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Salt: How much, how often, and why? . Julie Matel, MS, RD, CDE CF Center Dietitian. Salt. Salt = NaCl Sodium + Chloride Essential minerals Must be supplied in the diet. Why is salt important for people who have CF?. Na CL lost in the sweat (2-5 x normal amounts) Skin tastes salty

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salt how much how often and why

Salt:How much, how often, and why?

Julie Matel, MS, RD, CDE

CF Center Dietitian

slide2
Salt

Salt = NaCl

Sodium + Chloride

  • Essential minerals
  • Must be supplied in the diet
why is salt important for people who have cf
Why is salt important for people who have CF?
  • Na CL lost in the sweat

(2-5 x normal amounts)

  • Skin tastes salty
  • Sweat chloride test used to diagnose CF
    • Normal = less than 40 mmol/L NaCl
    • CF = at least 60 mmol/L and usually more than 100 mmol/L NaCl
functions of salt in the body
Functions of Salt in the Body

Salt helps to…

  • maintain the body’s fluid balance
  • maintain muscle contractions
  • Salt is a vital component of blood, plasma, and digestive secretions
consequences of increased salt loss in cf
Consequences of Increased Salt Loss in CF
  • More rapid onset of heat prostration

(heat stroke)

  • Reduced appetite
  • Abdominal pain
  • Weakness
  • Nausea
  • Headache
  • Poor growth
who is at risk for having low sodium levels
Who is at risk for having low sodium levels?
  • Breast fed infants with CF
  • Anyone with CF experiencing vomiting and diarrhea
  • Anyone with CF living in a hot environment or exercising vigorously
acid base and electrolyte disturbances in infants with cf
Acid Base and Electrolyte Disturbances in Infants with CF
  • 103 infants diagnosed with CF prior to 1 year (1990-2000)
  • Evaluated for acid base and electrolyte disturbances

Fustik et al. Ped Inter (2002) 44, 289-292.

results
Results
  • 16% of the infant CF population had electrolyte and acid base disturbances
  • Age 2 to 6 months
  • No seasonal occurrence was found
  • All infants breast fed
  • Most not previously diagnosed with CF
  • All infants had history of some loose stools and failure to thrive prior to admission
  • 94% of infants presented with vomiting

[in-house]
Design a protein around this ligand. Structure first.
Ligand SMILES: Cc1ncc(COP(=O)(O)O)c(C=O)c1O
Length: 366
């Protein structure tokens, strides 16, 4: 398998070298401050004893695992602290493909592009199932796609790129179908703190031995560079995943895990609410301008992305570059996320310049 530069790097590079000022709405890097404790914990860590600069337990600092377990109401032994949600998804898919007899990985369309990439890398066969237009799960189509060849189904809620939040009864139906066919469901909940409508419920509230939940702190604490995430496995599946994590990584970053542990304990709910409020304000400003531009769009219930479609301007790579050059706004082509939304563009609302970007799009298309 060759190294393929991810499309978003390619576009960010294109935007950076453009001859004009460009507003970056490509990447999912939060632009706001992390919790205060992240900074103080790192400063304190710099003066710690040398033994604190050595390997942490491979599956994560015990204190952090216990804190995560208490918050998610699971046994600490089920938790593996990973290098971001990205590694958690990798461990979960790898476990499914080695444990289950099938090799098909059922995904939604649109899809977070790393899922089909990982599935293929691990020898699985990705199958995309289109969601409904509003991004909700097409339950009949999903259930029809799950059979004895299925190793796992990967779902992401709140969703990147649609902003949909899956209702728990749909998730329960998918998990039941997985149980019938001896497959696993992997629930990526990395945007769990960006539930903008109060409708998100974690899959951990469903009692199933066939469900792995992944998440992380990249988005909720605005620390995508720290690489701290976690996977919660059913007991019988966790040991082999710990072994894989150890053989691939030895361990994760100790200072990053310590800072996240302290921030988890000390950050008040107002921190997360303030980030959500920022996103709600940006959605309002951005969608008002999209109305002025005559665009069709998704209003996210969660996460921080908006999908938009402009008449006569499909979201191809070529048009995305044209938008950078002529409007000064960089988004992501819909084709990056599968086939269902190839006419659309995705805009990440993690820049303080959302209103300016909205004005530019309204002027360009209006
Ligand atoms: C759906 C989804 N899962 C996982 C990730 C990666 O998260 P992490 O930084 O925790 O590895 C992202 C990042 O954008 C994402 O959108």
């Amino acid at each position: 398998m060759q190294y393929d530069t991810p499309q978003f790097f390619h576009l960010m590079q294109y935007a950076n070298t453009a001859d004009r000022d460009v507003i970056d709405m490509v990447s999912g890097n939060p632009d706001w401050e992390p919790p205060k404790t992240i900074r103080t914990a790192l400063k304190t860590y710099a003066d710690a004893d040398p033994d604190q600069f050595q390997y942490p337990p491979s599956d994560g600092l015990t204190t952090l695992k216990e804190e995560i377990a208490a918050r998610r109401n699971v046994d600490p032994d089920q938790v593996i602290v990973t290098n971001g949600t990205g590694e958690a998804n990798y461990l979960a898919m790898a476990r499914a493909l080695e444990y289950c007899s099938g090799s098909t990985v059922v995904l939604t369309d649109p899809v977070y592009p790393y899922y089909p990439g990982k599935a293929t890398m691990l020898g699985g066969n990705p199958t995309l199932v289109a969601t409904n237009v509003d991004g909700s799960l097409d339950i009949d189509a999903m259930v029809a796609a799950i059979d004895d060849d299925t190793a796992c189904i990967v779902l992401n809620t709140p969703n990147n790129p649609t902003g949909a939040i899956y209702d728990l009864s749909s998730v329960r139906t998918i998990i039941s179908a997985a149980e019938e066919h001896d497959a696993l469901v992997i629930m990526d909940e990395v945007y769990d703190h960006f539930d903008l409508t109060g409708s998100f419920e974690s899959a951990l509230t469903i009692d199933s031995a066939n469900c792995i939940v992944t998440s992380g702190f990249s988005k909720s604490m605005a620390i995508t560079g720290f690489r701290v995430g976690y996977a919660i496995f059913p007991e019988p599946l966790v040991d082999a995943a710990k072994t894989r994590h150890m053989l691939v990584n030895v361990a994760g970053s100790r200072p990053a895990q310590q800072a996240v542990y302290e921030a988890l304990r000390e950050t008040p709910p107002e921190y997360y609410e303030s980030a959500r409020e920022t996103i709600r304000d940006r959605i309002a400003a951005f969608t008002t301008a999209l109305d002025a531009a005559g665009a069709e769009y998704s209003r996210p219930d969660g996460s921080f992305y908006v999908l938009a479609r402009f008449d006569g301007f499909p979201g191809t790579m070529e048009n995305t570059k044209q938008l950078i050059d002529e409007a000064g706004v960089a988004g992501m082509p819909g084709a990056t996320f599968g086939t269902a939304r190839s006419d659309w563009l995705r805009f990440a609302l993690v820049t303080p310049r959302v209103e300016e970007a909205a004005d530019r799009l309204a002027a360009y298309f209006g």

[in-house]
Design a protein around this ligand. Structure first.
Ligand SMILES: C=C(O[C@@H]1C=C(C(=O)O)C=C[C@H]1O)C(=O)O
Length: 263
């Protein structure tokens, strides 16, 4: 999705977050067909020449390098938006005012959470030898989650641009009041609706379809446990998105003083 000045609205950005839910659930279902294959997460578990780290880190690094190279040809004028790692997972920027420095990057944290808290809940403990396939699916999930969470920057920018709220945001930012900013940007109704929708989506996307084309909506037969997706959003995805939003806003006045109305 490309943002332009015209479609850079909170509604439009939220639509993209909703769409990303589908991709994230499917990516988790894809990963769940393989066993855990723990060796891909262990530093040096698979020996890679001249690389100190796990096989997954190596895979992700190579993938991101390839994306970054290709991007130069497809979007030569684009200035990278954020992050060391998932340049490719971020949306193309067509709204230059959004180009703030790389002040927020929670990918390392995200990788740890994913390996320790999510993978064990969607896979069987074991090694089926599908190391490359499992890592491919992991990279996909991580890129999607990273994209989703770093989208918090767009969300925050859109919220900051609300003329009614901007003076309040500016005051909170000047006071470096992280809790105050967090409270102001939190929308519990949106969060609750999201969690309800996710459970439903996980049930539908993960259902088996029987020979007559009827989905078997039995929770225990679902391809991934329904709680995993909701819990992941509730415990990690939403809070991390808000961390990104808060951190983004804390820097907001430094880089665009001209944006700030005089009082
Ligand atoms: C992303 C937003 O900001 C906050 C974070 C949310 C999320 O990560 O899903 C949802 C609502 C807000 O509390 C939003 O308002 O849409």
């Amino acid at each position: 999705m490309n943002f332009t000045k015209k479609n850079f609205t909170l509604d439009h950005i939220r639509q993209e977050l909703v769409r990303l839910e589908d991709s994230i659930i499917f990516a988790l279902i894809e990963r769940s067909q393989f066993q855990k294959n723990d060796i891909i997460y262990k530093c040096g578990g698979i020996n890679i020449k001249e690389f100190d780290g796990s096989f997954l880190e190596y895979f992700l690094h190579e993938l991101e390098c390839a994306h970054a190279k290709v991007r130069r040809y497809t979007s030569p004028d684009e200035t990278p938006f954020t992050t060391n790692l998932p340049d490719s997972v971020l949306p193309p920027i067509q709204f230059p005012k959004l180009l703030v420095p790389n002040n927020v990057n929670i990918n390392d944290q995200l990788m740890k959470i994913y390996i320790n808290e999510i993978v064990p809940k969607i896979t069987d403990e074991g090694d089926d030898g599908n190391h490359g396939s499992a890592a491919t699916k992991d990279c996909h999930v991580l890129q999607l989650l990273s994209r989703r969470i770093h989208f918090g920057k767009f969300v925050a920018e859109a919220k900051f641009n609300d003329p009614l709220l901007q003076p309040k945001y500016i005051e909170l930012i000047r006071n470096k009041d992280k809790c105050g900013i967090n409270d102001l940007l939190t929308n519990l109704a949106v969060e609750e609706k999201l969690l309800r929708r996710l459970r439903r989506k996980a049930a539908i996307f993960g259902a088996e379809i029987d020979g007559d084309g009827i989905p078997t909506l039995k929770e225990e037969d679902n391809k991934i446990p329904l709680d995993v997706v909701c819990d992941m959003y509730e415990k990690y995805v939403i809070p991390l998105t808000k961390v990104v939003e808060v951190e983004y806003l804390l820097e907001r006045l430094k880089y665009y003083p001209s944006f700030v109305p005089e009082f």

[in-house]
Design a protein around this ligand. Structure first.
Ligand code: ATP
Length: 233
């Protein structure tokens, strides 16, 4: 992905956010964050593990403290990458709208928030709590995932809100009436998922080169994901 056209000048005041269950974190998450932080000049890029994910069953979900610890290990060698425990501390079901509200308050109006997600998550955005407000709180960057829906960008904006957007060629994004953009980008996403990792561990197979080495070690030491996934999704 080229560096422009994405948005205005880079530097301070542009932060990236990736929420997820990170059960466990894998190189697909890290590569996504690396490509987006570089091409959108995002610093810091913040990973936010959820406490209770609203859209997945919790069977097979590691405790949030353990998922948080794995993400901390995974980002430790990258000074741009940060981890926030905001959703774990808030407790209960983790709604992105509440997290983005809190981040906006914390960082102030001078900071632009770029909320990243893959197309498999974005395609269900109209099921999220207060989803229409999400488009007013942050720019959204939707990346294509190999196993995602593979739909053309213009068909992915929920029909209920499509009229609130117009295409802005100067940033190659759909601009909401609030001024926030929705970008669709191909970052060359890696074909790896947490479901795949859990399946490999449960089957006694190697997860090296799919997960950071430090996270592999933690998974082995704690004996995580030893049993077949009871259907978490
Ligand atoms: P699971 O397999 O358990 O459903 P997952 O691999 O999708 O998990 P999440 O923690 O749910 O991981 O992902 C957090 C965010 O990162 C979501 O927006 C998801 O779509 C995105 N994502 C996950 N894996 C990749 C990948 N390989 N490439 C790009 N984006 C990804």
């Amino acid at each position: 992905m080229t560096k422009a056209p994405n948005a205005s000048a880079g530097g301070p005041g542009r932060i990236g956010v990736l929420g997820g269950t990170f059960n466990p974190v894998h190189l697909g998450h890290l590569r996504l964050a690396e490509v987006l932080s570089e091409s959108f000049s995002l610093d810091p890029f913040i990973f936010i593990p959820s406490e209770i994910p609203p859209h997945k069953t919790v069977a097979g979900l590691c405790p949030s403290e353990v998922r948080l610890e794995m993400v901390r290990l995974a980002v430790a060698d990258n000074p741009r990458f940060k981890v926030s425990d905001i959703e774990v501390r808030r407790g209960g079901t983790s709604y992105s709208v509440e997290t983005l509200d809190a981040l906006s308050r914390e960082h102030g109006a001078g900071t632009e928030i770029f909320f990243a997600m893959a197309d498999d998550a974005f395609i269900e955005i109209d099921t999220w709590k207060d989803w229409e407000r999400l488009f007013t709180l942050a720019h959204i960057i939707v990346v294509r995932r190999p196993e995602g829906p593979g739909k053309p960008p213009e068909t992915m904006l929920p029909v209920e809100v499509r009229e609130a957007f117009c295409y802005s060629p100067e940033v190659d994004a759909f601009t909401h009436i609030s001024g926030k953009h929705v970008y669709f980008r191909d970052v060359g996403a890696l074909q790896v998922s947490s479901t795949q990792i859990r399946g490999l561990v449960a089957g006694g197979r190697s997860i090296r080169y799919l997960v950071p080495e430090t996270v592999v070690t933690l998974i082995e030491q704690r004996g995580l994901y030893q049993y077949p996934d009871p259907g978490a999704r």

• All infants were pancreatic insufficient
  • Only 60% showed mild to moderate signs of dehydration

Fustik et al. Ped Inter (2002) 44, 289-292.

the bottom line
The Bottom Line….
  • Early infant age
  • Breast-feeding
  • Delayed diagnosis
  • Heat exhaustion
  • The presence of CFTR mutations associated with severe disease…

are predisposed factors for development of electrolyte and acid base abnormalities in CF patients

exercise study
Exercise Study

Objective:

To determine how much salt is

required to increase voluntary fluid

intake

exercise study13
Exercise study
  • 11 subjects with CF

(6 girls, 5 boys)

  • Ages 11-20 years
  • Attended 3 sessions of intermittent moderate exercise

(4, 20 min bouts of cycling)

  • 95 degrees F

(50% humidity)

exercise study14
Exercise Study

One of the following beverages was

assigned in each session…

  • Water
  • Flavored water
  • Flavored water with 690 mg/L of Na and 6% carbohydrate
  • Additional session in 6 subjects with flavored drink with 1150 mg/L of Na and 6% carbohydrate

Gatorade = 452 mg/L of Na

bottom line
Bottom Line…
  • Children and adolescents with CF underestimated their fluid intake and became dehydrated when exercising in the heat
  • When given a higher sodium beverage (1150 mg/L), fluid intake increased sufficiently to prevent dehydration
  • Add 1/8 tsp to every 12 oz of Gatorade
how much salt do i need
How much salt do I need?

No one is sure!

For people without CF…

  • 120 mg for infants less than 6months
  • 1500 mg for adults

People with CF need more

sodium recommendations for cf
Sodium Recommendations for CF
  • Eat salty foods
  • Use salt shaker freely at meals and snacks
  • Add 1/8 tsp of salt to 1 ½ cups

(12 oz) of sports drink during outdoor exercise (especially on hot days)

  • Add 1/8 tsp daily to breast milk or formula for infants
what are the best sources of salt
What are the best sources of salt?
  • Table salt
  • Salted nuts
  • Bacon
  • Pickles
  • Canned soup
  • Salted crackers/chips
  • Canned vegetables
  • Frozen dinners
food labels
Food Labels

Food Sodium (mg)

Ramen, Noodles 1430

Salt ¼ tsp 580

Dill Pickle 570

Canned Soup (1 cup) 480

Hard pretzels (1 oz) 385

Pedialyte (1 cup) 245

Cheerios (1 cup) 204

Bacon 1 slice 185

Gatorade 1 cup 200

can i get too much salt
Can I get too much salt?
  • Very unusual for someone with CF to get too much
  • At risk for too little!